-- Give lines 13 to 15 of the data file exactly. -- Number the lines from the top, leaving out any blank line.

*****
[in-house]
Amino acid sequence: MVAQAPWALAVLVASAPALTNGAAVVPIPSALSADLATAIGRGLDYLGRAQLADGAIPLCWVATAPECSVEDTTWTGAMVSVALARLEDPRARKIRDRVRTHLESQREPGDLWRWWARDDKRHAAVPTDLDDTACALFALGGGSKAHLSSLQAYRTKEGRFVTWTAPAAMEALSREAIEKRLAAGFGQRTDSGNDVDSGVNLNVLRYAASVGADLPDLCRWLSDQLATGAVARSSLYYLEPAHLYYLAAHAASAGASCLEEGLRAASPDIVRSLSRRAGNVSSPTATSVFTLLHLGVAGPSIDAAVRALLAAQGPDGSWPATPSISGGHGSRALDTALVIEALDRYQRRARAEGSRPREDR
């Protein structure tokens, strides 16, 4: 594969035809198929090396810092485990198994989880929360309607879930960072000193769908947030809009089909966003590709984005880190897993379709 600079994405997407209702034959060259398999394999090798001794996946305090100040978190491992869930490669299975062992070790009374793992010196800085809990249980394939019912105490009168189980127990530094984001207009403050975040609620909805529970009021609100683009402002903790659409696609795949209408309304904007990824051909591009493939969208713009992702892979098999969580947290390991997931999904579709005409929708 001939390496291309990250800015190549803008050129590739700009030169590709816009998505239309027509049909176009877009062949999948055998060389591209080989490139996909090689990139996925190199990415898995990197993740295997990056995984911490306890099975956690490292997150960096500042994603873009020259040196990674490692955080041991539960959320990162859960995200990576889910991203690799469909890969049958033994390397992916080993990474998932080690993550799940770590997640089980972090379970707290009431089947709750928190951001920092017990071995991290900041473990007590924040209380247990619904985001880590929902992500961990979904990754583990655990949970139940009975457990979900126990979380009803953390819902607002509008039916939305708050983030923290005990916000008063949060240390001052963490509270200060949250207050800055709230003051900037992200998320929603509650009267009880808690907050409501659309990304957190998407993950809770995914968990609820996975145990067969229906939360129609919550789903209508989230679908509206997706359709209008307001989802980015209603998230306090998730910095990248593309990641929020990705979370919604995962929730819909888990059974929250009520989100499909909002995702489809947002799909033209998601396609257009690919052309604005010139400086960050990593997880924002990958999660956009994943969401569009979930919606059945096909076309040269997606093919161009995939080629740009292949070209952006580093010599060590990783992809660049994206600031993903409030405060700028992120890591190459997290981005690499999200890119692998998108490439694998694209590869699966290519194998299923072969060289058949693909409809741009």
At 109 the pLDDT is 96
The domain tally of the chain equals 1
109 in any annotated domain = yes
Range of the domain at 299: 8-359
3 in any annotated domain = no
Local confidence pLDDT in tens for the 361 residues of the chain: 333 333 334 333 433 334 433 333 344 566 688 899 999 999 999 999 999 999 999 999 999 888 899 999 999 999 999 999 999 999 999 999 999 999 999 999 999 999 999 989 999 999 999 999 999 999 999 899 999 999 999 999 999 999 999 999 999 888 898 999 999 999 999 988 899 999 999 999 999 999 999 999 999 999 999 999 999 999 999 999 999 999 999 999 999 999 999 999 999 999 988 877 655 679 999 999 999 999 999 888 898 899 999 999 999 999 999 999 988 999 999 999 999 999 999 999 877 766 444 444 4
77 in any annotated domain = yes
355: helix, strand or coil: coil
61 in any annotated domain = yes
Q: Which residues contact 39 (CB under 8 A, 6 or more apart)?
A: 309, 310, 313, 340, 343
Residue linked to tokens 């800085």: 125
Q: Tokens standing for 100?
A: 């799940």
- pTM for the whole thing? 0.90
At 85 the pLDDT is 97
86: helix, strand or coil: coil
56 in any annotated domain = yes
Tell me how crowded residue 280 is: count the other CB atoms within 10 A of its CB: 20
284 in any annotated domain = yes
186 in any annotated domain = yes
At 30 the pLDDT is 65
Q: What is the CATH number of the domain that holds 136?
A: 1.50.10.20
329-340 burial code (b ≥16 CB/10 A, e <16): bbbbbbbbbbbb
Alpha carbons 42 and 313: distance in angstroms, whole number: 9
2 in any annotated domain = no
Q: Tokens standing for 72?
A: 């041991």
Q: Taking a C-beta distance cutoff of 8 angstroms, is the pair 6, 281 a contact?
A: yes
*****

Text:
Q: Which residues contact 39 (CB under 8 A, 6 or more apart)?
A: 309, 310, 313, 340, 343
Residue linked to tokens 């800085």: 125